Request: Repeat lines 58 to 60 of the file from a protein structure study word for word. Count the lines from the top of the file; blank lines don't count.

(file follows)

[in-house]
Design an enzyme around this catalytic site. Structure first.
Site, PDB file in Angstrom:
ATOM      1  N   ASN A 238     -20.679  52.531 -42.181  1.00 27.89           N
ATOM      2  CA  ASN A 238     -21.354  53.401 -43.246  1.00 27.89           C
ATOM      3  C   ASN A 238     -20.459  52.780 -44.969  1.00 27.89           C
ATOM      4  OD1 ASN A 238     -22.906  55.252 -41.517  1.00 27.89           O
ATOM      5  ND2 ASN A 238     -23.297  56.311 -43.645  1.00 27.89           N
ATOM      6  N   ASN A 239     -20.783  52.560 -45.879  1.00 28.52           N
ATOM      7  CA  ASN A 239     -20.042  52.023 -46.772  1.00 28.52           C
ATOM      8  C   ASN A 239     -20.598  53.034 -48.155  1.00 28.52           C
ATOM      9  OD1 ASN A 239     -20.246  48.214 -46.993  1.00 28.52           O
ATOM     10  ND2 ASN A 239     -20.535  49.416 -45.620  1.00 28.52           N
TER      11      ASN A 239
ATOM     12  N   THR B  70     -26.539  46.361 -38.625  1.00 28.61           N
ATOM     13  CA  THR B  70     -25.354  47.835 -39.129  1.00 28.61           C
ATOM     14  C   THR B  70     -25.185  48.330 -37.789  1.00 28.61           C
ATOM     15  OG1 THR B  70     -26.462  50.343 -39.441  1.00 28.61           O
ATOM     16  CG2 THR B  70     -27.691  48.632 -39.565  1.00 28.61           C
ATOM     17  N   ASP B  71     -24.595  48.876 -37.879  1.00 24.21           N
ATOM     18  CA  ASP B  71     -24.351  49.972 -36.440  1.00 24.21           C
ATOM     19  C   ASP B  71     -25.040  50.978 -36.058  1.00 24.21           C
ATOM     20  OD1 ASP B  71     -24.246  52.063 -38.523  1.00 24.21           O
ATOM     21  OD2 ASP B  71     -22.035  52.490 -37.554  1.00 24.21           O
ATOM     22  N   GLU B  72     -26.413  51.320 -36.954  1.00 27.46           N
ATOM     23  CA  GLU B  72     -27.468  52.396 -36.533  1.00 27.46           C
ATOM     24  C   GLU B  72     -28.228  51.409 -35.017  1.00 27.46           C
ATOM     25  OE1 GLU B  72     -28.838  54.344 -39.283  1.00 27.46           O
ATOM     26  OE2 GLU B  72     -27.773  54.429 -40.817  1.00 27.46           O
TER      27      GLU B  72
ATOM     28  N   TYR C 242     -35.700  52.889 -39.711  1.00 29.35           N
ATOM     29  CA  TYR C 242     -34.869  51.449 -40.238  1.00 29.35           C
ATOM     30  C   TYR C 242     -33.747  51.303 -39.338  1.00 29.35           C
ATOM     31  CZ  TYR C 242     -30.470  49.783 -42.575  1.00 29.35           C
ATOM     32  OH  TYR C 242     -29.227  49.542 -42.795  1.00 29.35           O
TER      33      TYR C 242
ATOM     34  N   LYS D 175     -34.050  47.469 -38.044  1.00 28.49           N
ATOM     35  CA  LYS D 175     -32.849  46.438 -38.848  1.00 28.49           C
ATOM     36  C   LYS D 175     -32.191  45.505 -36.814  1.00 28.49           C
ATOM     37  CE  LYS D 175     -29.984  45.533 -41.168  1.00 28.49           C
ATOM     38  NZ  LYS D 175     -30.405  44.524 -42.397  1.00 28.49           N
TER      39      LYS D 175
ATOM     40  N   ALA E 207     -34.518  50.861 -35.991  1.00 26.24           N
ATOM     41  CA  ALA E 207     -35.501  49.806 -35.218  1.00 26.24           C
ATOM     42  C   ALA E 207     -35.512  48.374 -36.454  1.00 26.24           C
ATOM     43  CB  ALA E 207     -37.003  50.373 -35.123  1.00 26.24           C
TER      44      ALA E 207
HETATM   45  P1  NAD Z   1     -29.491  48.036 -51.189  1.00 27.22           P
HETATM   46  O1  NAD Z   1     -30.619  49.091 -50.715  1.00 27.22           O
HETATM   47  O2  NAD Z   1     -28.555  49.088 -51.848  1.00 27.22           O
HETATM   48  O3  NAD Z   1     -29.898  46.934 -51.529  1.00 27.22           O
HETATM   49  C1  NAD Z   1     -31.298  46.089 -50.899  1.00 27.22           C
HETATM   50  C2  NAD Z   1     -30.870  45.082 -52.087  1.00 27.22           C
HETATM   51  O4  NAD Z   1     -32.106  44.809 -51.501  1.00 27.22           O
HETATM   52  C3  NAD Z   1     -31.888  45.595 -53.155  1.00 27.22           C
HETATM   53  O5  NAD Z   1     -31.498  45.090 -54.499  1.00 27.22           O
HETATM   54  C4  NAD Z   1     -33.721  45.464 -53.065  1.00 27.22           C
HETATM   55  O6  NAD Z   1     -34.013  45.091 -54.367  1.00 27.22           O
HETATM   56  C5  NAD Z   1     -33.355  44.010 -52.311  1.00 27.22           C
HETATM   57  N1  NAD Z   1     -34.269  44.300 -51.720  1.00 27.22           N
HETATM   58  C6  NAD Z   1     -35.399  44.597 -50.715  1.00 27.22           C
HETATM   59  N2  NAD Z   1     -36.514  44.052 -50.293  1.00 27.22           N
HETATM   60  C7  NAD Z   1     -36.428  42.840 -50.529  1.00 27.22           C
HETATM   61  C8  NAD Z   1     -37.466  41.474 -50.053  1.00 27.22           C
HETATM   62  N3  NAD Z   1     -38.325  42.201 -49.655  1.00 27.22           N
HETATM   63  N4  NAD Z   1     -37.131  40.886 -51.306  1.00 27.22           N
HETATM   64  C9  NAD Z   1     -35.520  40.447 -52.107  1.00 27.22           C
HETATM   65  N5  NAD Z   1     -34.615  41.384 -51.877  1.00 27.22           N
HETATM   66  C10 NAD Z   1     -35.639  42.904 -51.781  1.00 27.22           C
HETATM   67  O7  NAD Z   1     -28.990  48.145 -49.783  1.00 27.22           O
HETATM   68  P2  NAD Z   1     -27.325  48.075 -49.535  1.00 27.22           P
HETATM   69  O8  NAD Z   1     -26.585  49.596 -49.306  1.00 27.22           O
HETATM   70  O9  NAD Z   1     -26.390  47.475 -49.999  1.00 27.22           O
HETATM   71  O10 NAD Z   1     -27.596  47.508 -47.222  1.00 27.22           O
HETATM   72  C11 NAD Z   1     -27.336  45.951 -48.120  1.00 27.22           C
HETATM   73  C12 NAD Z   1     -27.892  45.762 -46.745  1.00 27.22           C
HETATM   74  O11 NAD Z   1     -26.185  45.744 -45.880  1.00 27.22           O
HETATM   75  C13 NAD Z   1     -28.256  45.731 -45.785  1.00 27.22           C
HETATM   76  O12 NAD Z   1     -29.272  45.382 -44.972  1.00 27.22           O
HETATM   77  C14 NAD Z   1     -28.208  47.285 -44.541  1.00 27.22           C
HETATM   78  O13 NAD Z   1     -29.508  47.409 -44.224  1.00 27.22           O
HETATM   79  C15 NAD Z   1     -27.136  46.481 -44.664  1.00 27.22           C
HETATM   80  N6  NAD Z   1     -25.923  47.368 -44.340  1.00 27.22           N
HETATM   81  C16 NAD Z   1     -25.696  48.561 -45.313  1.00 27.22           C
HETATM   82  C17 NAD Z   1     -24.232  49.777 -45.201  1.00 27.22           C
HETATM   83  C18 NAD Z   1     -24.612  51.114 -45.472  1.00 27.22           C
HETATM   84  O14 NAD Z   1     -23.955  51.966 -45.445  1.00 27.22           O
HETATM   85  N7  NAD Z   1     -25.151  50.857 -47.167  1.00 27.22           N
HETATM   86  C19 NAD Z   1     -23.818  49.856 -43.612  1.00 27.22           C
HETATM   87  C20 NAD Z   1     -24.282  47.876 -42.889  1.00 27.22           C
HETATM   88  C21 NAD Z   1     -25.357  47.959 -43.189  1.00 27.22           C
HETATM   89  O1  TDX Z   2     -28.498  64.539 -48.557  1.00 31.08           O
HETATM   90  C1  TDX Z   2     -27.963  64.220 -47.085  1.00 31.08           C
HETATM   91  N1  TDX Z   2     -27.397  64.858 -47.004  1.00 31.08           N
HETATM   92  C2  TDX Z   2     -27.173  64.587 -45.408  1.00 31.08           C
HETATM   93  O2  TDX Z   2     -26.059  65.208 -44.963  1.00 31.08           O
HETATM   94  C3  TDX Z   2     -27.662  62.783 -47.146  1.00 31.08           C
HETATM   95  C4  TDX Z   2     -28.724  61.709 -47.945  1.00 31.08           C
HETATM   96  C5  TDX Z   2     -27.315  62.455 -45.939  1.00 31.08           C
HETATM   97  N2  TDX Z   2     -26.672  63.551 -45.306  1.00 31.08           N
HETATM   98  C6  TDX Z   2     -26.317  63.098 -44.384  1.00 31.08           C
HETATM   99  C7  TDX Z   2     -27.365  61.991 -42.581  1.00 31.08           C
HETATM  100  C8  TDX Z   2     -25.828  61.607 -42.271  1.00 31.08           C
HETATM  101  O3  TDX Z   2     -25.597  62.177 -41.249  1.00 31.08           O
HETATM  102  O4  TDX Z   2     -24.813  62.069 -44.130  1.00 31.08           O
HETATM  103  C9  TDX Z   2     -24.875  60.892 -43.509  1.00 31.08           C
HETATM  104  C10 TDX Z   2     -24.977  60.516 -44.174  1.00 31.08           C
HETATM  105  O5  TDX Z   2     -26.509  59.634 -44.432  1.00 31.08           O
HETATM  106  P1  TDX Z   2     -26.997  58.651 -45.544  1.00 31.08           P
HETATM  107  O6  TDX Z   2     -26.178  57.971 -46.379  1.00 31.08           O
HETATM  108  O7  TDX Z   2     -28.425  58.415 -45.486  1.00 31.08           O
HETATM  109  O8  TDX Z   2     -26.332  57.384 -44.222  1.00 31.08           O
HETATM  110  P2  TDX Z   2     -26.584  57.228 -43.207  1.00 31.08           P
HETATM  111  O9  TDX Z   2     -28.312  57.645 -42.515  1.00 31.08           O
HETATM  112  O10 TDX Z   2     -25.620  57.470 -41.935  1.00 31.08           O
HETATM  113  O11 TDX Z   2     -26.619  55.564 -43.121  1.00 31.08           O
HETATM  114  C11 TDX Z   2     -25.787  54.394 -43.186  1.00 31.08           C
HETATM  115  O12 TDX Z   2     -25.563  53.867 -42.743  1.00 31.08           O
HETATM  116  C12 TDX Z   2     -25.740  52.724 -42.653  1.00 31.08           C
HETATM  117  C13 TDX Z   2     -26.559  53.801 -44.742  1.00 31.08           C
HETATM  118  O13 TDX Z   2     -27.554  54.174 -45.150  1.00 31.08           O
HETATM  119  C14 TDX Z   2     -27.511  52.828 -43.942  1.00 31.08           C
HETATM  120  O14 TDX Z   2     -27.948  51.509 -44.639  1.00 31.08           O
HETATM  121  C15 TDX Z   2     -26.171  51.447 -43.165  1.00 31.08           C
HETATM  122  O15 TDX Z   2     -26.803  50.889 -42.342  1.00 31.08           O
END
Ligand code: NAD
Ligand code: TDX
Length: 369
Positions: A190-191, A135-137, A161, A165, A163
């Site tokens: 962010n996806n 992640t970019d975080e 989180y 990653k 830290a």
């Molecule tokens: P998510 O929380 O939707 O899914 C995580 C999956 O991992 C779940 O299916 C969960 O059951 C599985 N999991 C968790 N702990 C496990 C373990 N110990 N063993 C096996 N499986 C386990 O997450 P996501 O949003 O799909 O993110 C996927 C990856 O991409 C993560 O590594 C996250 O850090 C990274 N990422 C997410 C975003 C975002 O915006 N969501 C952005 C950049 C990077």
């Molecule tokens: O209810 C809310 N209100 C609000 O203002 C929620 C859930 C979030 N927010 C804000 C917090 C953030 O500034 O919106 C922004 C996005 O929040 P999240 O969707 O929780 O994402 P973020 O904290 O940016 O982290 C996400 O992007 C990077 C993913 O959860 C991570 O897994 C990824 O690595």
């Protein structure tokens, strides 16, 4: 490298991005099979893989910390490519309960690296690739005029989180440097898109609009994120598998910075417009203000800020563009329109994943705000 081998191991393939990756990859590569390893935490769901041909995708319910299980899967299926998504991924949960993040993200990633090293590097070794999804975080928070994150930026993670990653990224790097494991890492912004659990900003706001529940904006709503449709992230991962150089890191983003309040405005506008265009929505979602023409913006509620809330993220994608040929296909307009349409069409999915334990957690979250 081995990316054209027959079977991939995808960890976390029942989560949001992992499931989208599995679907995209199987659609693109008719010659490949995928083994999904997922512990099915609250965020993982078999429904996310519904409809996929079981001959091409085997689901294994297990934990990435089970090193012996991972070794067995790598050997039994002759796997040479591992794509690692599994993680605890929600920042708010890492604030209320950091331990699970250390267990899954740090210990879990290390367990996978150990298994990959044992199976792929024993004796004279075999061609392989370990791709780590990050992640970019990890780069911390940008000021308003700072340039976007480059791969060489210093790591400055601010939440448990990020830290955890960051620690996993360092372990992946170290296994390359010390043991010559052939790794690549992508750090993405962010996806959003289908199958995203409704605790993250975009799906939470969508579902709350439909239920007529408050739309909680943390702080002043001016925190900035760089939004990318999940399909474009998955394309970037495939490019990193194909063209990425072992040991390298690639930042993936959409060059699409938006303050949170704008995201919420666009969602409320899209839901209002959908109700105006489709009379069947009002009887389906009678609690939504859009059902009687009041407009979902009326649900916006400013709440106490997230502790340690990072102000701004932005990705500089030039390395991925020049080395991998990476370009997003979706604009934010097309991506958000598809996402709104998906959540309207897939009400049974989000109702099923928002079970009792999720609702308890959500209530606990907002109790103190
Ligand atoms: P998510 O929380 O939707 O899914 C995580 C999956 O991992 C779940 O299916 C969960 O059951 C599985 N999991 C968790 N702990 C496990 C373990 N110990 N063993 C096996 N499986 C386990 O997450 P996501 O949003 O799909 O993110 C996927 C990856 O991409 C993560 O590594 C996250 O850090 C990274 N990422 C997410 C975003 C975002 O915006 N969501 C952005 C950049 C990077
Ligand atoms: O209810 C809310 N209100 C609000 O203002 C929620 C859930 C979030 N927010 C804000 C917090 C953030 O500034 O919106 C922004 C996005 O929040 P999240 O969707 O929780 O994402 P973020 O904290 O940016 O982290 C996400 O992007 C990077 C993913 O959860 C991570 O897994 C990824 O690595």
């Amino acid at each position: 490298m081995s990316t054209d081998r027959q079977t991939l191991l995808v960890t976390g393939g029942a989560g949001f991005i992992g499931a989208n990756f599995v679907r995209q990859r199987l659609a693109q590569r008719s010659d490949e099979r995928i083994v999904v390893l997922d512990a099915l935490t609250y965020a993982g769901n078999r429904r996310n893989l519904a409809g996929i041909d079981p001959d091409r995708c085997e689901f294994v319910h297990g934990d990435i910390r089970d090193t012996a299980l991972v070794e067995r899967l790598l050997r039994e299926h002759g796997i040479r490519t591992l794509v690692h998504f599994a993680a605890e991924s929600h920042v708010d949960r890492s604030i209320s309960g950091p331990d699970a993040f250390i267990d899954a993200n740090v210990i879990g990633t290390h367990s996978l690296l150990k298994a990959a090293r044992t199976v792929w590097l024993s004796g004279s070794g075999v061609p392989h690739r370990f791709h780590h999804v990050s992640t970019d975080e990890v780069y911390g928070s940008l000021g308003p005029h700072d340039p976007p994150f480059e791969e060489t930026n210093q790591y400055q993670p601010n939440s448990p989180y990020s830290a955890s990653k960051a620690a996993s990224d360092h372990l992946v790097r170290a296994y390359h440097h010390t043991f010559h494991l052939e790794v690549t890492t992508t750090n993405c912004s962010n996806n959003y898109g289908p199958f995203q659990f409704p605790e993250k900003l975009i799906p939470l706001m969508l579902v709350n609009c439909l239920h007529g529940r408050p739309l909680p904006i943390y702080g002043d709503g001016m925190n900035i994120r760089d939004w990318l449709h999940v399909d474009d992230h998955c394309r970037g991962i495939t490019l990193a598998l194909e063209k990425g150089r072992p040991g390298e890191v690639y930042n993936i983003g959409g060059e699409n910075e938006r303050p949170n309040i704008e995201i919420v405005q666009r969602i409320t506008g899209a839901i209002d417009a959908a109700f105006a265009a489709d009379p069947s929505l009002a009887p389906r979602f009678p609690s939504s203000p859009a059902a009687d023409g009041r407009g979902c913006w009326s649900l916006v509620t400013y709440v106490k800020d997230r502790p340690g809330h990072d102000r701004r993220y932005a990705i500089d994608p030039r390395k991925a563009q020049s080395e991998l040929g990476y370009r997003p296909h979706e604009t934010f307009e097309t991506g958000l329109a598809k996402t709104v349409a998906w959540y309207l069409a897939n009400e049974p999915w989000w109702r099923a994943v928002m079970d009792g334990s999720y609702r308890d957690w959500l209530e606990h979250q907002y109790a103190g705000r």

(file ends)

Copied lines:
HETATM   55  O6  NAD Z   1     -34.013  45.091 -54.367  1.00 27.22           O
HETATM   56  C5  NAD Z   1     -33.355  44.010 -52.311  1.00 27.22           C
HETATM   57  N1  NAD Z   1     -34.269  44.300 -51.720  1.00 27.22           N